Owls pull off unlikeliest of
comebacks to beat MV
By Jeff Berger
Anvil Herald Sports Editor
Castroville -- For three quarters – on paper at least
– it didn’t even appear that it should have been a game.
To that point, the Hondo Owls had only one first down, and only
10 yards of total offense.
But buried way down in the stat chart, with a number many
people probably don’t even look at, is that crazy figure of
return yards. Often, a team won’t have more than 20 in a game,
when totalling up the yardage on punt, interception and fumble
But on Friday, Sept. 12, at Panther Stadium, the Owls knocked
off Medina Valley with returns. Two third quarter grab-it-and-go
thefts (covering 20 and a coast-to-coast 99 yards) by the Hondo
defense resulted in 14 points, putting the Owls right back in the
game. That gave the offense all the spark it needed to put up two
fourth quarter touchdowns, capping an improbable 27-21 Hondo win.
This Friday, Sept. 19, the Owls return home for their
Homecoming game against Holy Cross. Game time is 7:30 p.m.
“I couldn’t be more proud of our defense,” said Hondo
coach Jeff Rochat, who earned his first head coaching win over the
Panthers. “With our offense struggling, the score could have
been quite a bit worse, but our defense held them in check. It’s
more impressive when you figure that our defense was on the field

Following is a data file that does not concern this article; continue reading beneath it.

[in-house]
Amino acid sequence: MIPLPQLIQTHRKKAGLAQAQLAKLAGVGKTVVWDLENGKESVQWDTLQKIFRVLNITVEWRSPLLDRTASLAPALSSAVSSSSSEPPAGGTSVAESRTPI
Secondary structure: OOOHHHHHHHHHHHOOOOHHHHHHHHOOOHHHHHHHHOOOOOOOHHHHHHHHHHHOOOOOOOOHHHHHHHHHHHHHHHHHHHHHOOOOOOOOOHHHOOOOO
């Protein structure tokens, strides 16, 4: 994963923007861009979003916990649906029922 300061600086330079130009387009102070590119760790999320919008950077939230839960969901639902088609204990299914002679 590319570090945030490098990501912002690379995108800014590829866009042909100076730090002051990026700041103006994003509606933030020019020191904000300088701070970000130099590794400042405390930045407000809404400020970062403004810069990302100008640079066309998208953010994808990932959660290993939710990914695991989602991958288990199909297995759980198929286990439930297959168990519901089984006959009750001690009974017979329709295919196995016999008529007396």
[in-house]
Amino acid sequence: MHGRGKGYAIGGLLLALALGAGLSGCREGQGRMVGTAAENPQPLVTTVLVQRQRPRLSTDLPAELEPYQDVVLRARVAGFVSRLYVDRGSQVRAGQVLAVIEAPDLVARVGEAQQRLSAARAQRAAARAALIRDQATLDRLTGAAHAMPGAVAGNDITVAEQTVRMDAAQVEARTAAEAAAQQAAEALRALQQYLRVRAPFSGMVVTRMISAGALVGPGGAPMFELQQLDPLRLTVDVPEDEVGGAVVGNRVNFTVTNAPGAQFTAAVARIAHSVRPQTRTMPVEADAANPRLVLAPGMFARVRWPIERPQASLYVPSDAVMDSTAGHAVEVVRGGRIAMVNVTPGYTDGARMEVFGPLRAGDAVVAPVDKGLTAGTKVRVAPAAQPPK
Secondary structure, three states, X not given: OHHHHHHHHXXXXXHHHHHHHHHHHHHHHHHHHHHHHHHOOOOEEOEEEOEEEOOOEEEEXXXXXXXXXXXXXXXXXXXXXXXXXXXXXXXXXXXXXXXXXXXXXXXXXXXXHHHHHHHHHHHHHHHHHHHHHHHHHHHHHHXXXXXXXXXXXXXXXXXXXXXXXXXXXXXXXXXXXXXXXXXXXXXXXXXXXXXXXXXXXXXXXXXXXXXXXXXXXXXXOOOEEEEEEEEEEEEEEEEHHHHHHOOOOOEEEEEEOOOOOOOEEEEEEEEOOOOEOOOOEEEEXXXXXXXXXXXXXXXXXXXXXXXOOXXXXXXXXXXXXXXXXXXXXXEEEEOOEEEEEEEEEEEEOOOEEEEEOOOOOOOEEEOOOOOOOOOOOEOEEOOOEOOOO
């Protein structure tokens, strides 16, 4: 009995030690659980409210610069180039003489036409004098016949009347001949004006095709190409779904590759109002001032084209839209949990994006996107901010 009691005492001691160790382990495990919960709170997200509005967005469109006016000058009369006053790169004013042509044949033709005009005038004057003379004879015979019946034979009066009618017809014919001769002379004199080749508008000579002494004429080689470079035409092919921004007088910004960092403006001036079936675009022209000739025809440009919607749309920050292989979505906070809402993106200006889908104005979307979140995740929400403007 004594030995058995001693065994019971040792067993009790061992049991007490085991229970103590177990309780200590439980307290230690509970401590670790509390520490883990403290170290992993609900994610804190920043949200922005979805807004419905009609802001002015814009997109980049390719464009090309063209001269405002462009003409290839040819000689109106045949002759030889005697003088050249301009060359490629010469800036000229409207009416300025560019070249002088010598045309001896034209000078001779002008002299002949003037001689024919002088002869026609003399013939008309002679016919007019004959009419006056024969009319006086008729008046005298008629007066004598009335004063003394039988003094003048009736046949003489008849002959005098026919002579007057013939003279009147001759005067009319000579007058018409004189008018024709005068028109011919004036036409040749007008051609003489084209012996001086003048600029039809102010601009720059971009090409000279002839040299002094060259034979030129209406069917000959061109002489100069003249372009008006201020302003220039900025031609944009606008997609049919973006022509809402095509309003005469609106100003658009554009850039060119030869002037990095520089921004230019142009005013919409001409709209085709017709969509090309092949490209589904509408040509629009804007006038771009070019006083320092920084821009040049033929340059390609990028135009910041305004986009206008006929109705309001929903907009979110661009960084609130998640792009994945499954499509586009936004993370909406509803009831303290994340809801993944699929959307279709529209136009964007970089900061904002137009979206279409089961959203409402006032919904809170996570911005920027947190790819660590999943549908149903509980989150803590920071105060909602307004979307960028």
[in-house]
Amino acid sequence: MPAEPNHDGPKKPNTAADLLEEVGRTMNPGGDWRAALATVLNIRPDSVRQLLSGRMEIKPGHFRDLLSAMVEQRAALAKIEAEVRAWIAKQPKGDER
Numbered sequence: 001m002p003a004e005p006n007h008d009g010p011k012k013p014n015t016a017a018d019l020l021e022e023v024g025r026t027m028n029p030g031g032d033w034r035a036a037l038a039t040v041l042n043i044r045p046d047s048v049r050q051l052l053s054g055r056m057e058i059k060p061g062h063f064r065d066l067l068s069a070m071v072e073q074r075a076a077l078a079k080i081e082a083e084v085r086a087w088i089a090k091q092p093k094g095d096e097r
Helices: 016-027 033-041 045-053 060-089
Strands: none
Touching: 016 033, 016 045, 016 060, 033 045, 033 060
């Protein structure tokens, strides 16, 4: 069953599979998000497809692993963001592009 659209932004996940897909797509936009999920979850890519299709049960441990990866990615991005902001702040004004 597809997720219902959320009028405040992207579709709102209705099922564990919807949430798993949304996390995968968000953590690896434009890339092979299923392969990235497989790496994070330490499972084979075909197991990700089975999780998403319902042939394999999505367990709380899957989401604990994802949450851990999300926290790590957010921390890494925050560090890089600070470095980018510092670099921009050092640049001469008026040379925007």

for two-thirds of the game.”
Hondo controlled the field position early in the game. After a
sack by Brad West and Hunter Eitze put MV into a long yardage
situation, Marquis Martinez got a hand on a Josh Sepulveda punt,
leaving the ball just past midfield.
Rick Moreno swept around left end for 11 yards and a first down
on the Owls’ opening play from scrimmage. That was it, however,
until their opening play of the fourth quarter.
After a punt, more defensive stops in the backfield, by Aaron
Oefinger and Wesley Rogge, and a batted pass from Moreno led to
another short MV punt.
Beginning at the Panther 40, Hondo still couldn’t get
anything going, and punted a second time.
This time, the MV offense got it in gear. Gambling on a
4th-and-1 at its own 29, the Panthers called on Kyle Moos, who
burst through the line and gained 18 yards. Added to the end of
the run was a 15-yard penalty against Hondo.
Zach Griggs ran for one first down, passed to Kenny Gallegos
for another, and then handed to Kristian Williams, who found the
endzone from the 4, with 1:18 left in the quarter. Ethan Hassinger
added the PAT for a 7-0 MV lead.
After an exchange of several three-and-outs, MV’s defense
created a break when Cody Moos intercepted a Carson Stoner pass.
Starting at their 45, the Panthers kept it on the ground for
nine plays, until, with a 4th-and-12 at the 16, Griggs found
Sepulveda in traffic in the back corner of the endzone. The pass
and extra point made it 14-0 heading to halftime.
The Owls opened the second half by punting for the fifth time.
Starting at their own 16, the Panthers ran Williams twice. On
2nd-and-8, the senior back plowed into the line for a couple of
yards, but as he was fighting for more, Moreno dashed into the